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Teledentistry is the dental form of telehealth medicine: virtual medical care that uses telecommunications to provide patients with services, without a visit to a physical office space. Teledentistry can include consultations, education, information-gathering, and diagnosis. Learn more about telehealth and determine whether teledentistry is right for your dental practice.

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Why should dental professionals use teledentistry?

The covid-19 pandemic has changed life in many ways, and some big changes, such as the widespread availability of telehealth services, are here to stay. In fact, since 2018, teledentistry treatment has been included in insurance coverage and in Current Dental Terminology (CDT) in the U.S. Offering teledentistry can have many benefits for dental professionals and patients alike.

Virtual appointments can save patients’ time by eliminating unnecessary trips to the office. For patients who need consultations or follow-ups, a 30-minute call is much more convenient than an in-person visit. In cases where a symptom can be treated by an over-the-counter remedy, teledentistry can allow for more immediate access to pain relief or antibiotic prescriptions. Similarly, teledentistry reduces wait times, and allows busy dental professionals more time to focus on in-office appointments for patients with more urgent or severe dental problems.

Additionally, many people suffer from anxiety surrounding dental check-ups. Approximately 100 million Americans visit a dentist less than once per year. Often, patients will avoid dental visits until they have an obvious problem. Having the ability to receive dental care without coming into the office may make it easier for anxious patients to attend more regular check-ups.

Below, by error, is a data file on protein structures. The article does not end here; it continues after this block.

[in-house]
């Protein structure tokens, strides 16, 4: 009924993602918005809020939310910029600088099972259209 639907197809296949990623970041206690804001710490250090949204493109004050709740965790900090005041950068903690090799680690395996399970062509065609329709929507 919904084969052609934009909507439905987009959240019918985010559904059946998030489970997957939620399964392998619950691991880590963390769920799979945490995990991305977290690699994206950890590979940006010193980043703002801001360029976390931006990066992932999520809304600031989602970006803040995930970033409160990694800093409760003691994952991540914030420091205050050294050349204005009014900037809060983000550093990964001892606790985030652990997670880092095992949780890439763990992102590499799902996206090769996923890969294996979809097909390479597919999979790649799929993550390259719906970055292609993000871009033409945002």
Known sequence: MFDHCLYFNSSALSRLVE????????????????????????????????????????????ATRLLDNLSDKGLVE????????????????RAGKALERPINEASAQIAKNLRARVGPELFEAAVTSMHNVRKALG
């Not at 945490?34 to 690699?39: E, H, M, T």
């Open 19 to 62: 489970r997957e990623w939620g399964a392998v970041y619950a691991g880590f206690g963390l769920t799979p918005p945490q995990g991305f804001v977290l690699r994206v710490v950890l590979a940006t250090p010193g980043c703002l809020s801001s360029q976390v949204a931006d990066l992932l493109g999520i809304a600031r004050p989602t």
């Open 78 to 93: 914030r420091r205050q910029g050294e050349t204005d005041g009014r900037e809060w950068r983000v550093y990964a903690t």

Widely available teledentistry has the potential to increase access to dental care to underserved communities. For those who do not have access to transportation or a physical office, teledentistry could be a helpful interim solution.

Types of Teledentistry

Teledentistry can include patient care and education delivery using three main modalities:

  1. Synchronous Teledentistry (real-time care): a live, 2-way video call between the patient or caregiver and the provider using an audiovisual technology, in which they speak directly to one another. This method works well for consultations or check-ins. Synchronous teledentistry can also be used for provider-to-provider collaborations.
  2. Asynchronous Teledentistry: forwarding recorded personal health information like photos, videos, radiographs, and digital impressions to a practitioner, who then evaluates the patient’s condition for later discussion. Sometimes, one dental professional will transfer data to another dental professional for collaboration. This method is referred to as “store and forward.” Asynchronous teledentistry is very helpful to streamlining the planning process and increasing the amount of feasible check-ins for patients.
  3. Remote Patient Monitoring (RPM): the collection of personal health and medical data through online forms and questionnaires, which is then transmitted to the provider(s).

Whether a dental practice chooses to use synchronous, asynchronous, or remote teledentistry, they are expected to provide consistent, high-quality care for all virtual appointments.

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ADA Policy Guidelines

Regulations on teledentistry vary from state to state. Be sure to check telehealth laws in your state to learn what is permitted. However, the American Dental Association has introduced a set of specific guidelines that all dental practitioners should follow.

Information for teledentistry patients

It should be very clear how patients can act to schedule an appointment or reach out to you with asynchronous telehealth information. One option is to provide a form on your practice’s website, or a highly visible phone number. The following information should be immediately clear to patients:

Dental patients’ rights

According to the ADA, all dental care patients have the right to expect:

For the full ADA policy on teledentistry, click here.

Download Mouth Healthy’s guide to synchronous teledentistry, which includes a checklist for getting started.

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